Being a Mom

My two favorite Moms.
My two favorite Moms.

I love my Mom, and if you know my Mom you will know why.  She is 94 and lives with me.  She lived on her own until three years ago, but then she gave up her driver’s license and started to get lonely and sad.  So without really telling her I moved her:  first herself, then her bedroom, then the rest of her stuff, and here she is.

But this isn’t a story about my Mom; it’s a story about Moms.

Because now I get to be a Mom to my Mom.  And being a Mom is something else.

Here is what you get to do, if you’re a Mom:

You prepare three meals every day.  You make sure they’re healthy and nutritious.  You make sure they’re interesting and not repetitive.  You plan ahead and go shopping.  If you’re not going to be home for a meal, you prepare and leave something ready, or leave instructions and ingredients for the daycare lady.

You wash dishes.  You prepare food in clean pots, and then they’re dirty pots.  You serve food on clean plates, and then they’re dirty plates.  You wash them, dry them, put them away, take them out one meal later and start over.  Over and over and over, day after day after day.

You clean a house.  You vacuum.  You dust.  You clean sinks and toilets.  And then someone tracks in some more grit, and someone leaves a soap ring in the bathroom.  And so you start over.  Like meals and dishes, these jobs do not end.  You do them over and over and over.  They are not rewarding.

You wash clothes.  And sheets and pillowcases, and towels and washcloths.  Then you fold them, and put them away.  People get them dirty, so you do it again.  And again.  And again.  You make the doctor’s and dentist’s and hairdresser’s appointments, and make sure people get there.  Again and again and again.  You make sure there’s money in the bank, and pay the bills.

You don’t get any sick days.  You can have a horrible cold, or the flu, or a broken leg, but being a Mom doesn’t go away.  Those people who rely on you, they still rely on you, and they are lost without you.  You can have one foot in the grave, but the other will be pushing the vacuum cleaner or going to the store.

You are always on your game.  If someone is down, you find a way to make them laugh.  If someone is sick, you find a way to make them feel better.  If someone needs to talk, you listen.  If someone needs company, you talk.  You don’t get to have a bad day, because someone else is relying on you to make their day good.  You don’t get to show anger, or frustration, or impatience.  You are the rock on which all waves break.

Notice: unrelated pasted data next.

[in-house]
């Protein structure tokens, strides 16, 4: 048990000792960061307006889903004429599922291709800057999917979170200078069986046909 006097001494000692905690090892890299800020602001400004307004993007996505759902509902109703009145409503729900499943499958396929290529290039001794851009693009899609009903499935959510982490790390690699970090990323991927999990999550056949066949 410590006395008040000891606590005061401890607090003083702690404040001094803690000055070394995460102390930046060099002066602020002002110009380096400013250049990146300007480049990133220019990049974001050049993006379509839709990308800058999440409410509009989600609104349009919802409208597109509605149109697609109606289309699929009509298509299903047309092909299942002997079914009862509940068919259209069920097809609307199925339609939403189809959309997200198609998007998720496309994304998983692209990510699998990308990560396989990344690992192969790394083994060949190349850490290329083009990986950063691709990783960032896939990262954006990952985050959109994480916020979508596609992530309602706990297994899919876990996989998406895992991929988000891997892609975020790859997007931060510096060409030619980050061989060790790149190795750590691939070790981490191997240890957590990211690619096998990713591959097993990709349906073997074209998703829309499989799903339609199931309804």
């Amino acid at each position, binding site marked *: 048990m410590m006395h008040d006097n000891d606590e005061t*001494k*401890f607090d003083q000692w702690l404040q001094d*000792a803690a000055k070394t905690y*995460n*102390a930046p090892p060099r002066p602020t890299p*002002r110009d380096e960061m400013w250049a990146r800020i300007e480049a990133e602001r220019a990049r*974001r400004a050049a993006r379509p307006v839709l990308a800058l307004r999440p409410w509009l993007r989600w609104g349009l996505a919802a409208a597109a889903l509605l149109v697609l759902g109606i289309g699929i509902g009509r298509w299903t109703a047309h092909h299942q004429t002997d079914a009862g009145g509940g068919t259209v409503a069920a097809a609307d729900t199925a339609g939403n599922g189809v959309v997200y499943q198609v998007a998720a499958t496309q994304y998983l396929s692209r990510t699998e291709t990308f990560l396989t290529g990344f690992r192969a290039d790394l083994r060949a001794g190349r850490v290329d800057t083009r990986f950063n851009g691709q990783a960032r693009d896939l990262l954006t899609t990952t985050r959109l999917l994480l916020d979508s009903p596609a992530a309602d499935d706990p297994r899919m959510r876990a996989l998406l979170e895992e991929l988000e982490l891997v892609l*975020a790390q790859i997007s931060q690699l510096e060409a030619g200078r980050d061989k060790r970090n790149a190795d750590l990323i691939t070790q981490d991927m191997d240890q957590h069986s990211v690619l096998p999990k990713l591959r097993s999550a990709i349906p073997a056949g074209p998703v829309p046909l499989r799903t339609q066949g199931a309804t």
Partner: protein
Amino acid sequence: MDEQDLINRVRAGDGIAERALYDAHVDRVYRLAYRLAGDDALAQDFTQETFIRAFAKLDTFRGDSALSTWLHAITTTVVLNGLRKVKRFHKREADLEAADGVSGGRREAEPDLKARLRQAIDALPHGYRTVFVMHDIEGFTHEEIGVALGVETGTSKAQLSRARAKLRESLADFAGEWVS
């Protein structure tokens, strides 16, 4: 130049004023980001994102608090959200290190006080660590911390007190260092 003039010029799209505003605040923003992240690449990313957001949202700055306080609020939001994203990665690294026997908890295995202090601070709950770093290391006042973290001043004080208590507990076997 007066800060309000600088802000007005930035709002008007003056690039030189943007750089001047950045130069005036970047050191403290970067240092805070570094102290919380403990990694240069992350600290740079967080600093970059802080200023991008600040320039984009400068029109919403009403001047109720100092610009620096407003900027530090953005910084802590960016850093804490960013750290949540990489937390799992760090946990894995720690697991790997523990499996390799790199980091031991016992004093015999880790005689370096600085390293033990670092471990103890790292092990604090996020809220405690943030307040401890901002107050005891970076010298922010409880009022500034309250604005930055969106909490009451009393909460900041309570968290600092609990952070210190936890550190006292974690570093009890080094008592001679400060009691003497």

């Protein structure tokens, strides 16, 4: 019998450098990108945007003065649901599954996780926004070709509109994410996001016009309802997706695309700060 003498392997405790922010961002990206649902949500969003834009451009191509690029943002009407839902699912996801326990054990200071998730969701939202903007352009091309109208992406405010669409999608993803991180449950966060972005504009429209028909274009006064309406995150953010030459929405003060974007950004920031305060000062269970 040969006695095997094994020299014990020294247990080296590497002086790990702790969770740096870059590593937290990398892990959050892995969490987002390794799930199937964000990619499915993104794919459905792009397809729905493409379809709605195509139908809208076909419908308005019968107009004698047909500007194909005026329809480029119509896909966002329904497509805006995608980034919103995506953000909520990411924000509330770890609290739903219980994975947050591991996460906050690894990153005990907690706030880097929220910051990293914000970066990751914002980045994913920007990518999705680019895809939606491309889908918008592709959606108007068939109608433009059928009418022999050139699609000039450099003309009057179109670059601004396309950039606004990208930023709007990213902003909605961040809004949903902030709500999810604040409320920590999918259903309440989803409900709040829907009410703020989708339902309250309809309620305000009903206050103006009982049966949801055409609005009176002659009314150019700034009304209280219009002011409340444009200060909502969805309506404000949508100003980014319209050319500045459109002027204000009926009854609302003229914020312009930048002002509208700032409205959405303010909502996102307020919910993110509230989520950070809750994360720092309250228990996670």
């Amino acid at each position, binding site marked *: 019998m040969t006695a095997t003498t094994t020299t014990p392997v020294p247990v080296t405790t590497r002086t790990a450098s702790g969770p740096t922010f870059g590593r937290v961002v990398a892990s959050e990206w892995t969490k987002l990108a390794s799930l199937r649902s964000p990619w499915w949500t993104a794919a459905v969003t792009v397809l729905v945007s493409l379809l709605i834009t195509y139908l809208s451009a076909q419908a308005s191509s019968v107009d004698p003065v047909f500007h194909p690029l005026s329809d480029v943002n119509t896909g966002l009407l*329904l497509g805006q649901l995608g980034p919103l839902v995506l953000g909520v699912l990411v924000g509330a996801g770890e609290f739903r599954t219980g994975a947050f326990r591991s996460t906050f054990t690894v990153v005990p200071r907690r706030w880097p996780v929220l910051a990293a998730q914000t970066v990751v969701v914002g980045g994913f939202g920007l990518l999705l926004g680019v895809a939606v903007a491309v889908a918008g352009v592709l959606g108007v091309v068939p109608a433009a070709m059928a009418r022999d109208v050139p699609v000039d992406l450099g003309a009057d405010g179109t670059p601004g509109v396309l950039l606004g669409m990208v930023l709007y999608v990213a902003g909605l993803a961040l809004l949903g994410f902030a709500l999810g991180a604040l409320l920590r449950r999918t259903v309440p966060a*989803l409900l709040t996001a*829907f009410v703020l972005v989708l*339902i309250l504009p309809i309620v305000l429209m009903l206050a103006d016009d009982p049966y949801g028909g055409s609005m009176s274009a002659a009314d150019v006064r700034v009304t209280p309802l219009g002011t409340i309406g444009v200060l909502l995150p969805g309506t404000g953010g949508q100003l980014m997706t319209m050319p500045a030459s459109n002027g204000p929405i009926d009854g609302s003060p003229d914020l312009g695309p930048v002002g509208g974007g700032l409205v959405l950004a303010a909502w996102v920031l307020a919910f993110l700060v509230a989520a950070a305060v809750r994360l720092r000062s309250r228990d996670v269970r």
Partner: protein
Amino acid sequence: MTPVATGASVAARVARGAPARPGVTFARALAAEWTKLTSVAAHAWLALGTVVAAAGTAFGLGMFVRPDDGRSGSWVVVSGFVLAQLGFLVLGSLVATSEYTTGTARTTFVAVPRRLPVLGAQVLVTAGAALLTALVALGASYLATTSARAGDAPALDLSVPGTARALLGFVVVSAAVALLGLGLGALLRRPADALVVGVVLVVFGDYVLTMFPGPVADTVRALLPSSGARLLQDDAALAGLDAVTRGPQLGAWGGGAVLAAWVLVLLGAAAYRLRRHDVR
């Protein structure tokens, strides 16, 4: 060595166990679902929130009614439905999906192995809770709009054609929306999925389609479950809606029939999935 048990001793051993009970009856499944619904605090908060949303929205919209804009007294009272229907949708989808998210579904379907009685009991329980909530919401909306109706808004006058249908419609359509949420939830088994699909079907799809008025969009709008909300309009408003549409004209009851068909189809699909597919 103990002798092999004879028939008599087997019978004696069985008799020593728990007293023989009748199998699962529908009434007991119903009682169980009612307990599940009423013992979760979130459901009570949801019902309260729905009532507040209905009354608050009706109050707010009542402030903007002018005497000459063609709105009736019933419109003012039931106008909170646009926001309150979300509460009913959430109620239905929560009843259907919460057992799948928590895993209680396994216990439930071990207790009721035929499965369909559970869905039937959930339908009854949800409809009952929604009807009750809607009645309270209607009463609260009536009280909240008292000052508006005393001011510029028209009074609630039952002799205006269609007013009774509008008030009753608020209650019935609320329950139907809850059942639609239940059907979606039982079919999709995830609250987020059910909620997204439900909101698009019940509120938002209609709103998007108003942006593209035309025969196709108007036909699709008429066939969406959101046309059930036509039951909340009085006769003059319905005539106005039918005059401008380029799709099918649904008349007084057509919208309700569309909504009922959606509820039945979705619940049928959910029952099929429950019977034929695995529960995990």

You compromise your career.  You tell your boss, I cannot make that meeting, I don’t have coverage; I cannot make that trip, I can’t be away.  You arrive at work later, and you leave earlier.  You try to do work at home, but then someone at home needs your attention, and they come first.  Other people at work – the young kids, the single people, the 99% of men who are not Moms – their careers stay on fast track.  Yours stagnates.

My own Mom gave up 25 years of her life, and her career, to be a Mom.  She was on course to be one of the first women executives at Time, when Time was one of the most powerful companies in America.  She chucked that, to cook, and wash dishes, and clean the house, and do the shopping, and make the doctor’s appointments, and wash the underwear.  To be a Mom.

I have learned many things, being a Mom to my Mom.

I have learned that being a Mom is the most frustrating, boring, stupid, repetitive, tedious, day-to-day the least rewarding thing I have ever done.

I have learned that being a Mom to someone I love is the most interesting, satisfying, valuable, by far the most necessary and rewarding thing I have ever done.

I have learned that Moms – not me, but real Moms, to real kids – are the most the most generous, loving, caring, thoughtful, capable, the most fantastic people in the world.

To my Mom – Patty – and to all Moms on Mother’s Day:  Thank you, you are the best.